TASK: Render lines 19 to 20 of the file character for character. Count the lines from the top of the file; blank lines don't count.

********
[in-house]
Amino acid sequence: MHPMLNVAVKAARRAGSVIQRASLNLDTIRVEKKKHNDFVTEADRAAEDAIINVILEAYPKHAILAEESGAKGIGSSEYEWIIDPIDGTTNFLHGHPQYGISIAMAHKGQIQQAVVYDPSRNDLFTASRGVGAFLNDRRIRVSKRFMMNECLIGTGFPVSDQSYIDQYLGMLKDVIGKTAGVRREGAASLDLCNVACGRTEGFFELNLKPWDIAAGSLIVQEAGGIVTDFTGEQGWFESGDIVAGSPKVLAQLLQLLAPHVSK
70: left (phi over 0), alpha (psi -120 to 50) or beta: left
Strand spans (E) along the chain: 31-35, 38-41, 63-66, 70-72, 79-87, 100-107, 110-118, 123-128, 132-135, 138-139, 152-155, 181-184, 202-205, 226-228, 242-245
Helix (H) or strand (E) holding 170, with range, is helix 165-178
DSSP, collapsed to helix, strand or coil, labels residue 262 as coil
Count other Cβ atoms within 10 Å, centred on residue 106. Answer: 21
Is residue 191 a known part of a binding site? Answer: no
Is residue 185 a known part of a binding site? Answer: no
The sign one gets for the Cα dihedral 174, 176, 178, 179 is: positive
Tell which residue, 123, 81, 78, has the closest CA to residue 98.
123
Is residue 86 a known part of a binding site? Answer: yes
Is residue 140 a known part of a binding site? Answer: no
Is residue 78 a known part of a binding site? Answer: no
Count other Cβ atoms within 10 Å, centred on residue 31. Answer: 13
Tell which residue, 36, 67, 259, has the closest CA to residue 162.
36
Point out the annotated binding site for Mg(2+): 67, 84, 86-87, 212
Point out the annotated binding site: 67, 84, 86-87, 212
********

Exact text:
Point out the annotated binding site for Mg(2+): 67, 84, 86-87, 212
Point out the annotated binding site: 67, 84, 86-87, 212